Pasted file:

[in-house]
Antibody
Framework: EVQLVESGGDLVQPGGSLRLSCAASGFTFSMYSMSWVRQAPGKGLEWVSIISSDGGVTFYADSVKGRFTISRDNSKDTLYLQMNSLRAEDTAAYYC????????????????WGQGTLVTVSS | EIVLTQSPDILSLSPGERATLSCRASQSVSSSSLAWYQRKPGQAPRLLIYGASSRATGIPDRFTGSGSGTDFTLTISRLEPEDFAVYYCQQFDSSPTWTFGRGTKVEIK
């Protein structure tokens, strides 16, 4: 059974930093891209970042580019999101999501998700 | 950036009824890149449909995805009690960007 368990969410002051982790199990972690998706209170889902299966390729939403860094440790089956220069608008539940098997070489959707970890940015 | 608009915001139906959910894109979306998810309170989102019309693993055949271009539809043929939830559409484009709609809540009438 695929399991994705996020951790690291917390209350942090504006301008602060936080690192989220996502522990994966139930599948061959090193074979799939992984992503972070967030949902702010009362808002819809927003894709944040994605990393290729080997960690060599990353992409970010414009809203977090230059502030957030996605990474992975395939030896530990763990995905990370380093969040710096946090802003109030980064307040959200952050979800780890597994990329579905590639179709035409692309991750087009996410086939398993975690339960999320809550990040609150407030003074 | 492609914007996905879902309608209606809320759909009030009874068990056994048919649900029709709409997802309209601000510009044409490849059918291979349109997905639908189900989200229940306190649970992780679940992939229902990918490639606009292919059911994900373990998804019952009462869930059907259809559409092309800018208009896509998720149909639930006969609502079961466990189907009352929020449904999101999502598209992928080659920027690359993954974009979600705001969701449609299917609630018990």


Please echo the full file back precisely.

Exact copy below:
[in-house]
Antibody
Framework: EVQLVESGGDLVQPGGSLRLSCAASGFTFSMYSMSWVRQAPGKGLEWVSIISSDGGVTFYADSVKGRFTISRDNSKDTLYLQMNSLRAEDTAAYYC????????????????WGQGTLVTVSS | EIVLTQSPDILSLSPGERATLSCRASQSVSSSSLAWYQRKPGQAPRLLIYGASSRATGIPDRFTGSGSGTDFTLTISRLEPEDFAVYYCQQFDSSPTWTFGRGTKVEIK
């Protein structure tokens, strides 16, 4: 059974930093891209970042580019999101999501998700 | 950036009824890149449909995805009690960007 368990969410002051982790199990972690998706209170889902299966390729939403860094440790089956220069608008539940098997070489959707970890940015 | 608009915001139906959910894109979306998810309170989102019309693993055949271009539809043929939830559409484009709609809540009438 695929399991994705996020951790690291917390209350942090504006301008602060936080690192989220996502522990994966139930599948061959090193074979799939992984992503972070967030949902702010009362808002819809927003894709944040994605990393290729080997960690060599990353992409970010414009809203977090230059502030957030996605990474992975395939030896530990763990995905990370380093969040710096946090802003109030980064307040959200952050979800780890597994990329579905590639179709035409692309991750087009996410086939398993975690339960999320809550990040609150407030003074 | 492609914007996905879902309608209606809320759909009030009874068990056994048919649900029709709409997802309209601000510009044409490849059918291979349109997905639908189900989200229940306190649970992780679940992939229902990918490639606009292919059911994900373990998804019952009462869930059907259809559409092309800018208009896509998720149909639930006969609502079961466990189907009352929020449904999101999502598209992928080659920027690359993954974009979600705001969701449609299917609630018990």